Traveling on an airplane is one of the few places on (or above) earth where we find ourselves without connectivity. For the most part, we can see a map of the world, some Will Smith movies and an ETA to our destination, but wifi is yet to hit it’s stride. In the last year, airlines have major made major strides in creating fast, flexible, streaming quality wifi, some even offer it for free…

a large airplane on a runway

Turkish Airlines

Turkish airlines is perhaps the most generous of all carriers when it comes to posting those important Instagram pictures… or expense reports. On the airline’s flagship Boeing 777 fleet, all customers receive complimentary Wifi Access, including transatlantic flights. The only question is, if everyone has wifi, how fast will the wifi be?

a group of airplanes parked at an airport


JetBlue has always pushed the tech boundaries of flight. I remember about 15 years ago, being amazed by an advertisement that the airline streamed DirectTV (satellite) on all of it’s flights. Needless to say as a teenager I was sold. The airline now offers one of the fastest internet connections, allowing you to stream Netflix or whatever you wish, all for free. 

a large airplane on a runway


Emirates offer a very cool try before you buy, giving every passenger 10MB of free data, with an option to grab more with rates starting at just a buck. It’s the perfect solution for checking email or updating people mid flight without being too connected. There are even options for faster connections…

a large white airplane on a runway


Having robust internet only works if you have a strong customer base. Finnair have launched one of the most logical programs for in flight wifi, offering complimentary access on it’s new A350’s to business class customers and elite frequent flyer members. It’s nice to see an airline recognizing that loyalty is as important as the class of service.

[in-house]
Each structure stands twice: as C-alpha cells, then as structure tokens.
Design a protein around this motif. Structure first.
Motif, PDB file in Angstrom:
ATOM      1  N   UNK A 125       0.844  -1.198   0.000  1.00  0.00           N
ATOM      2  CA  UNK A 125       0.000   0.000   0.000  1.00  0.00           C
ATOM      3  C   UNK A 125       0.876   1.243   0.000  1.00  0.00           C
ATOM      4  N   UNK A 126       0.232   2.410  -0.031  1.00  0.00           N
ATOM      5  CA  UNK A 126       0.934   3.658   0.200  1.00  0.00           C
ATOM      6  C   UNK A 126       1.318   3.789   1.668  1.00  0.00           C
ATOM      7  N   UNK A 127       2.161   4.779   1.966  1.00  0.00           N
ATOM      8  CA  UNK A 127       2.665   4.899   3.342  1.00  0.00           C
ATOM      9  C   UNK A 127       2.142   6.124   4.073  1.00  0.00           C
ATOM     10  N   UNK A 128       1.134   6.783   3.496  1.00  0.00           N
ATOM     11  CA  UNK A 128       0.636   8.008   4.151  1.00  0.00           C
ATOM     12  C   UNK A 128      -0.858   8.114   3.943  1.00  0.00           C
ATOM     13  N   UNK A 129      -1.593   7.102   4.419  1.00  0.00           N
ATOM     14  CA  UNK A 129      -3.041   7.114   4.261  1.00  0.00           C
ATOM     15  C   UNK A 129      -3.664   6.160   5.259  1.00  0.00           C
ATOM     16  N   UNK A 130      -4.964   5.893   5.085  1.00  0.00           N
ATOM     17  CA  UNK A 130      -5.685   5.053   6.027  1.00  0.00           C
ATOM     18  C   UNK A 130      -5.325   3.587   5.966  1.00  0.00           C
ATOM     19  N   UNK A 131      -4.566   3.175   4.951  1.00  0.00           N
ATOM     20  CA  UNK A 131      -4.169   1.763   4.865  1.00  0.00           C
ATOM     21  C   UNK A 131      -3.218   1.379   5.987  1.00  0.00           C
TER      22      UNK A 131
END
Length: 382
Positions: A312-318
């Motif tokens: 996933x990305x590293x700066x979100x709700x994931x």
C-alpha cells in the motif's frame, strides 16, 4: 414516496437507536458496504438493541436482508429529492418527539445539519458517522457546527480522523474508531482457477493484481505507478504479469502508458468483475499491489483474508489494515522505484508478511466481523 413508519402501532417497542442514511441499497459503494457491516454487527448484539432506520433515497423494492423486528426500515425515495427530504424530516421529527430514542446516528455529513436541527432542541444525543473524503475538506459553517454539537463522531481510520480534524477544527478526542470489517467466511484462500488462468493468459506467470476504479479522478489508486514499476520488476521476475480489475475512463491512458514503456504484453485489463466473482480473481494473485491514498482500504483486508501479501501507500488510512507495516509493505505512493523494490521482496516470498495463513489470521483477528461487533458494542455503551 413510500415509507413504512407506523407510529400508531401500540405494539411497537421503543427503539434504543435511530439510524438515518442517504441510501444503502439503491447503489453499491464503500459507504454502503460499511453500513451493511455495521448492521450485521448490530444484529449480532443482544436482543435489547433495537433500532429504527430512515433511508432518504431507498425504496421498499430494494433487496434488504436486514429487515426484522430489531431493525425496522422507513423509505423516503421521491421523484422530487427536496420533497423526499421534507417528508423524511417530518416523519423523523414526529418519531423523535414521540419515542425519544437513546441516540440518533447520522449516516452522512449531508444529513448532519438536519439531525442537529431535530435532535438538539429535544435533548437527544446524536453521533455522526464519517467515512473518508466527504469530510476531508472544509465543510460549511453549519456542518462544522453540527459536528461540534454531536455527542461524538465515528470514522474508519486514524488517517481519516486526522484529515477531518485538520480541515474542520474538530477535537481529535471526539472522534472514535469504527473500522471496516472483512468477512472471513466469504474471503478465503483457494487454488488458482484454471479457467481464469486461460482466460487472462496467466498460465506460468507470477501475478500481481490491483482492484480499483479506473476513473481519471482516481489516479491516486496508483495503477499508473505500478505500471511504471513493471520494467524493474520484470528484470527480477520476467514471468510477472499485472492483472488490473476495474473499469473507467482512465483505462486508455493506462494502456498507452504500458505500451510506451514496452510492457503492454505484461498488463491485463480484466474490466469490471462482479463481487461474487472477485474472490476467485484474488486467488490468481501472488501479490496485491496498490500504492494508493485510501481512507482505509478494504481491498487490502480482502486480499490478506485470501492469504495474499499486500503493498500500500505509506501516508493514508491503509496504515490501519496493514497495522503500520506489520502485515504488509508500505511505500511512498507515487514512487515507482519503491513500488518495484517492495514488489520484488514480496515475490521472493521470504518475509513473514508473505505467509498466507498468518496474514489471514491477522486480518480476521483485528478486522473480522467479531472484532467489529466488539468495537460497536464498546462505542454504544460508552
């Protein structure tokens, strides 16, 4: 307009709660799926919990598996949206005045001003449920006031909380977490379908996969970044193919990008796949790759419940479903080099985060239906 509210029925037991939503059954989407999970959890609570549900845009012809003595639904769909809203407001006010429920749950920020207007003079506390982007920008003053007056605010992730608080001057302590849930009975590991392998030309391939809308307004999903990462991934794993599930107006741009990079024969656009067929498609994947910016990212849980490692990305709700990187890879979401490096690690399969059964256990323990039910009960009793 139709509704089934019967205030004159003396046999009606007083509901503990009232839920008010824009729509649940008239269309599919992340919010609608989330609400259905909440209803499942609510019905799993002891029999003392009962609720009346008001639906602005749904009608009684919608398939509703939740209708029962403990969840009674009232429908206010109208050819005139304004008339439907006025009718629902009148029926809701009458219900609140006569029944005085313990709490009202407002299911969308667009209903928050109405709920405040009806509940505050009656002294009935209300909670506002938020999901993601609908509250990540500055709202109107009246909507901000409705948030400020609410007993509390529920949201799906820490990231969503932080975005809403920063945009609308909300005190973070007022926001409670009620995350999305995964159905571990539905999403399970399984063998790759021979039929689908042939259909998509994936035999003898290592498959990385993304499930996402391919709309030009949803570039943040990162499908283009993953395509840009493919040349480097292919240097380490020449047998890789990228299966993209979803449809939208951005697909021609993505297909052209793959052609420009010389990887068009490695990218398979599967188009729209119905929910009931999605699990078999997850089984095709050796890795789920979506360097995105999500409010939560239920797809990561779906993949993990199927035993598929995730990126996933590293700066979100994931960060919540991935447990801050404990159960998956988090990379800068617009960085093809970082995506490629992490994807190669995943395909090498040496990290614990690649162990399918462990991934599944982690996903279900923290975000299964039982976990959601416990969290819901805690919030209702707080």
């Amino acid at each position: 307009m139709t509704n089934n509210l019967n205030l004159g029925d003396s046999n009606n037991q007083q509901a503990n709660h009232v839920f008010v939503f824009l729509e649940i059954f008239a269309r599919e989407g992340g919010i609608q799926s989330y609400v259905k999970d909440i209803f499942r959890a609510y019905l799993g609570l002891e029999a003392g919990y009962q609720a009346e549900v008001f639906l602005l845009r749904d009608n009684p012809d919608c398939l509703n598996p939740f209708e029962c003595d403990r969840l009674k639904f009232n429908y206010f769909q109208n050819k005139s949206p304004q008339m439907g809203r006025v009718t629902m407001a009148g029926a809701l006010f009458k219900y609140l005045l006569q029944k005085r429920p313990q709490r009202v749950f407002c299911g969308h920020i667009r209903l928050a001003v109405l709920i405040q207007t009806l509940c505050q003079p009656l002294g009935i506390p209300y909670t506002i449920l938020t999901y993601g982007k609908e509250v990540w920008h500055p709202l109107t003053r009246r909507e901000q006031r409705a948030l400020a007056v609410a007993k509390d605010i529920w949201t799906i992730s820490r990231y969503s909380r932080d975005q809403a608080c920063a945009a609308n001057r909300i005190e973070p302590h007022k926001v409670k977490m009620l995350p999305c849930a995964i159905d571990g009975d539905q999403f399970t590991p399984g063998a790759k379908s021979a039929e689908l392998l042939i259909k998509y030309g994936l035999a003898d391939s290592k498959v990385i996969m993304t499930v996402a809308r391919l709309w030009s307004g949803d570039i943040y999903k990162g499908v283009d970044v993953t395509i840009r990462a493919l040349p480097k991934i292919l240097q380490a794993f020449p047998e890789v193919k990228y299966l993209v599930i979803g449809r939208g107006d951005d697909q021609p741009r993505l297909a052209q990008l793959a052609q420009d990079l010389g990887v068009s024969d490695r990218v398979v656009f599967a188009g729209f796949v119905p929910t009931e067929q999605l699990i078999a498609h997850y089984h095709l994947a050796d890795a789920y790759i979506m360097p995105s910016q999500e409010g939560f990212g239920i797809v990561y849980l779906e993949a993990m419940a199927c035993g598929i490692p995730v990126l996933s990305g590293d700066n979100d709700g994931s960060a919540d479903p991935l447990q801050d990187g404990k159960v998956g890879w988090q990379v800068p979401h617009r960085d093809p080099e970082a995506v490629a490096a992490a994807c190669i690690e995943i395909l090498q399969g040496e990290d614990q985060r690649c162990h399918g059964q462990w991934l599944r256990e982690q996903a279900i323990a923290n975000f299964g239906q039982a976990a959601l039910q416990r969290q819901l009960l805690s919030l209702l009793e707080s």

a white airplane taking off


While most discount carriers continue to chop away at everything but the wings, Norwegian proudly offer complimentary wifi on all European, and US to Caribbean flights. No guesses on Netflix streaming, but the service allows you to stream any of their in flight content on your own devices, just in case the tiny screen isn’t enough for you.

a plane flying in the sky


In summary, the Scandinavians recognize loyalty well, at least with internet connections on airplanes. Icelandair offers free access to in flight wifi on all flights to business class and elite loyalty club members. If only the airline joined an alliance and allowed other elites the same…

a large airplane flying over water

Hong Kong Airlines

Well, if you believe in a name, you know where to find free wifi for all customers. Hong Kong Airlines, the quasi budget, quasi luxury carrier with obscure schedules and routes throughout Asia and Pacific offers comp’d wifi on all international flights, wheels up to wheels down. 

a plane taking off from the runway


From Dublin with love, AerLingus offers customers enjoying their brand new business class seats complimentary wifi, on all international A330 flights. Unfortunately, unlike their more generous neighbors to the northeast, there’s no freebies for elite members. 

a blue and orange airplane taking off


Southwest, the Ryanair of America offers it’s most elite members of the A List Preferred Club complimentary wifi on all flights, a fantastic benefit. If you’re going to spend 50 segments a year in narrow economy seats, you’ll need the complimentary wifi to tweet out your pain! 

a close-up of a wi-fi on a plane

In theory, I love that airlines offer free wifi. It’s a great perk and allows for hugely important, or totally useless productivity. The problem with complimentary wifi is that bandwidth on a plane is limited, and handing out a connection to everyone often leads to slower speeds. That is, until Elon Musk, Richard Branson, Mark Zuckerberg and The Google boys finish their fight for wifi dominance…

Gilbert Ott

Gilbert Ott is an ever curious traveler and one of the world's leading travel experts. His adventures take him all over the globe, often spanning over 200,000 miles a year and his travel exploits are regularly...

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